Tourism experts discuss changing market |

Tourism experts discuss changing market

Susan Wood
Becky Bosshart / Tribune News Service / Gov. Kenny Guinn gives the opening remarks during the 21st annual Governor's Tourism Conference on Tuesday morning at the Reno Hilton.

RENO – With its visitor base topping 50 million this year, Nevada tourism will continue positioning itself as the state for adventure travel – and Lake Tahoe is a part of that effort.

Nevada is no longer considered a state where one just bellies up to the bar or poker table. It’s one where one may belly up to a kayak on a whitewater course or a climbing rope during a rappel off a rock.

This was the overriding notion of “Nevada: Leading the Way,” the theme of the state Governor’s Conference on Tourism, which ends on its third day at the Reno Hilton today. Hundreds, including tourism industry regulars from Lake Tahoe, gathered at the Nevada Commission on Tourism’s annual conference, which featured speakers from the aviation, gaming and tourism worlds.

“I end up working with the NCOT a lot, and the lake is never left out of that mix. They depend on us as a draw. Look at the Reno/Tahoe (International) Airport,” said Carol Chaplin of Aramark, the national concessionaire that operates the Zephyr Cove Resort and two lake paddle-wheelers. “I think the campaign speaks directly to our markets and does well for us.”

The campaign to promote the Silver State started two years ago with “Nevada: Bring It On,” designed to attract hard-core adventure seekers. A year later, its horizons broadened the target audience to the recreational weekend warrior with “Nevada, Wide Open.”

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Tuesday’s session of the tourism conference began with Gov. Kenny Guinn boasting a rise in visitor numbers by 3 million in one year – a 50-million mark that far surpasses the state’s 2.3 million residents.

“To put this into perspective, this is 10 million more than all of the international visitors last year to Italy,” Guinn said. He shared a slew of optimistic numbers that give the economic picture of the state.

Guinn wasn’t alone. Krys Bart, executive director for the Reno/Tahoe International Airport, told the crowd gathered during a luncheon that she’s grateful the airport has rebounded since 9/11. It has seen a 3.6 percent increase in passenger counts from last year alone.

This is despite an industry with four carriers facing bankruptcy, high taxes and exorbitant fuel costs. When the price of a barrel of crude hits $50, the airlines lose billions, she said.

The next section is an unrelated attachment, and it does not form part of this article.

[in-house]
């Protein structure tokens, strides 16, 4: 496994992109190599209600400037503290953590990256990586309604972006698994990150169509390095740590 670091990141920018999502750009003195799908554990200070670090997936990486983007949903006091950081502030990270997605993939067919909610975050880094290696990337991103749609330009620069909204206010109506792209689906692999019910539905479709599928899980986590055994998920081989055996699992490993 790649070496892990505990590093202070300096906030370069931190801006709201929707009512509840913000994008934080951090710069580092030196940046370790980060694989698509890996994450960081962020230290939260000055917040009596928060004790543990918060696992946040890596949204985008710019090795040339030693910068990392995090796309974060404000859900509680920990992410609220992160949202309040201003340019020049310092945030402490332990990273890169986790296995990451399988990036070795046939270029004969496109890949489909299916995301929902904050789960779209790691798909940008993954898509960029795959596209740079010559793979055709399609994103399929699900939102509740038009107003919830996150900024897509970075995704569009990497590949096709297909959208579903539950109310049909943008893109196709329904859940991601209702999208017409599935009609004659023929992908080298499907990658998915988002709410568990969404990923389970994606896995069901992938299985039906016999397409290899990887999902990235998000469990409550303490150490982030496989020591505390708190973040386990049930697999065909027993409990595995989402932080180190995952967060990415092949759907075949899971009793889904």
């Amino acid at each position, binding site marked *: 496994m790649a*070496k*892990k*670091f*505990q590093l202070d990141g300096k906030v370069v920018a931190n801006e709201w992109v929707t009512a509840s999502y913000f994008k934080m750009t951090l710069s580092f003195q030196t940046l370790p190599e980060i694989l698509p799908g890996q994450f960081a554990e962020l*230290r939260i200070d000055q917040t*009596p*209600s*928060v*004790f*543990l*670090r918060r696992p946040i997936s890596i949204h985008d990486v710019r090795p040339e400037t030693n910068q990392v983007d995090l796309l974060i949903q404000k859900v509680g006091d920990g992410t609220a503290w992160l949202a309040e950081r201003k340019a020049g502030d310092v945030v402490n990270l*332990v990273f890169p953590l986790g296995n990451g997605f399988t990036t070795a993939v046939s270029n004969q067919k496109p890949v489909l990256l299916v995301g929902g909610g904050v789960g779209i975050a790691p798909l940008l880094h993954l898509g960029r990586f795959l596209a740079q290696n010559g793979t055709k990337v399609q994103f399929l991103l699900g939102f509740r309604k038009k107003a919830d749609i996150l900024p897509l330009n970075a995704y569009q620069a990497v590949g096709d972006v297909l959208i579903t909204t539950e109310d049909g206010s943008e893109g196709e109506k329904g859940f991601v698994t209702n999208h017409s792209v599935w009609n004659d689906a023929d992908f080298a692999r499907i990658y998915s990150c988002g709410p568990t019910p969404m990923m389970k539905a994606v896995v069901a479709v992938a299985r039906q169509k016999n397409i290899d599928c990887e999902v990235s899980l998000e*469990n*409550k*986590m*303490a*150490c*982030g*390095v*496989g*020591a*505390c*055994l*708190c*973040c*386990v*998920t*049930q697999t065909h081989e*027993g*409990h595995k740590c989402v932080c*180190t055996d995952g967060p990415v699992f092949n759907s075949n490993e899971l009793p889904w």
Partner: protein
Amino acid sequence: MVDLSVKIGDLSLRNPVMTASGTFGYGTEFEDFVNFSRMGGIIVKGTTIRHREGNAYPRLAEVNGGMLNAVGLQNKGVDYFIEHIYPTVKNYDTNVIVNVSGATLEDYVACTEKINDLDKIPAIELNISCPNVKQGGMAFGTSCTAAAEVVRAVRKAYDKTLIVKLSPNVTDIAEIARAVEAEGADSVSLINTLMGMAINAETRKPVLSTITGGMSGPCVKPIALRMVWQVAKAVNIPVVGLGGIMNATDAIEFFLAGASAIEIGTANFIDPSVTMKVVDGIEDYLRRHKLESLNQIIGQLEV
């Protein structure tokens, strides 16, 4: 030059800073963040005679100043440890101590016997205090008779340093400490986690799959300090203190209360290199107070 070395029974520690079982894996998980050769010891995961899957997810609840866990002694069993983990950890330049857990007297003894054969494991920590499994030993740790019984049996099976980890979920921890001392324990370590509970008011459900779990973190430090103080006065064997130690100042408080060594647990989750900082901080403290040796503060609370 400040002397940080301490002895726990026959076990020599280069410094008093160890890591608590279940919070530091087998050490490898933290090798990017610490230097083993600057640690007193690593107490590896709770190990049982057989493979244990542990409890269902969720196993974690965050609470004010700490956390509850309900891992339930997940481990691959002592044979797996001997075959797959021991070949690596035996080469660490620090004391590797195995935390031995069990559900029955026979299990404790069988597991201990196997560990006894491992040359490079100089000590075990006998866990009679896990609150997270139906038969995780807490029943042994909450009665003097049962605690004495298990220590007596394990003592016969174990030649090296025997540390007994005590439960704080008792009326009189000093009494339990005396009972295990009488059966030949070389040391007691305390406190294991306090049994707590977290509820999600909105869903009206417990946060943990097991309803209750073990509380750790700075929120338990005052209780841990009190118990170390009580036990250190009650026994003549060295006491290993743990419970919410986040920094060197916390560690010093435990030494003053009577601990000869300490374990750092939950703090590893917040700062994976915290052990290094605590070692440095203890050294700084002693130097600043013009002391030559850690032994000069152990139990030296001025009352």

Bart said the wave of the future lies with the smaller carriers with less overhead and less willingness to expand beyond their means.

“You know Southwest has never had an unprofitable quarter,” she said.

Southwest Airlines constitutes 40 percent of Northern Nevada’s airport business.

At the same time, people will notice the larger carriers moving into international markets. For one, United Airlines plans to offer flights in 2005 between Chicago and Buenos Aires.

“And I think you’ll see more expansion into the Pacific-Asian lands,” Bart said.

Giving people access to move across the globe is one thing. Giving them the desire is another.

Some tourism insiders believe a nation at war in the world may be more apt to spend money on recreation – as did the World War I and II generations.

“I think it goes back to the whole escape thing – that people want to recreate during these times,” Lake Tahoe Visitors Authority Executive Director Patrick Kaler said. “And people are looking for the entire experience – not just gambling. I never thought gambling was the reason to come to the lake.”

The basin sports 2.2 million visitors annually, according to the LTVA.

That message even makes sense to gaming officials, who acknowledge the need for the industry to diversify.

“In spite of war, we have an economy on the rebound. And with all the bad news, it’s a great way to take a break. People tend to take stock in their personal accounts,” American Gaming Association Vice President Walton Chalmers told the Tahoe Daily Tribune.

Despite never having been to Tahoe, he said Horizon’s parent company’s desire to turn Caesars Tahoe into a casino catering to the younger set could be right on the mark with today’s highly competitive world of Indian gaming.

“This was discussed at the Global Gaming Expo. The trend will revolve around people under 40,” he said before his keynote address.

Beyond appealing to young audiences and targeting markets where the small airlines thrive, part of tourism’s future rides on making emotional connections to casino consumers, according to Harrah’s Entertainment Vice President Marilyn Winn.

That’s why Winn believes hosting events like the World Series of Poker at its properties – including Harrah’s Lake Tahoe – is the key to boosting the image of a casino company that has enjoyed a 19 percent growth rate in five years.

“We want to own that emotional connection to the gaming experience – that when they draw an ace, they’re hoping for that 10,” she said in her speech.

Other components to the tourism effort include organizing televised events with “real people” like the newly announced Nevada Passage, and expanding promotion into the Pacific Rim.

Nevada tourism officials have even opened a Beijing office.

“Global tourism is the key to our state,” said Lt. Gov. Hunt, who serves as the NCOT chairwoman. “With the proliferation of Indian Gaming, we need to expand our market, and we know that. We saw that a long time ago, and that’s why they’re saying Nevada is leading the way.”

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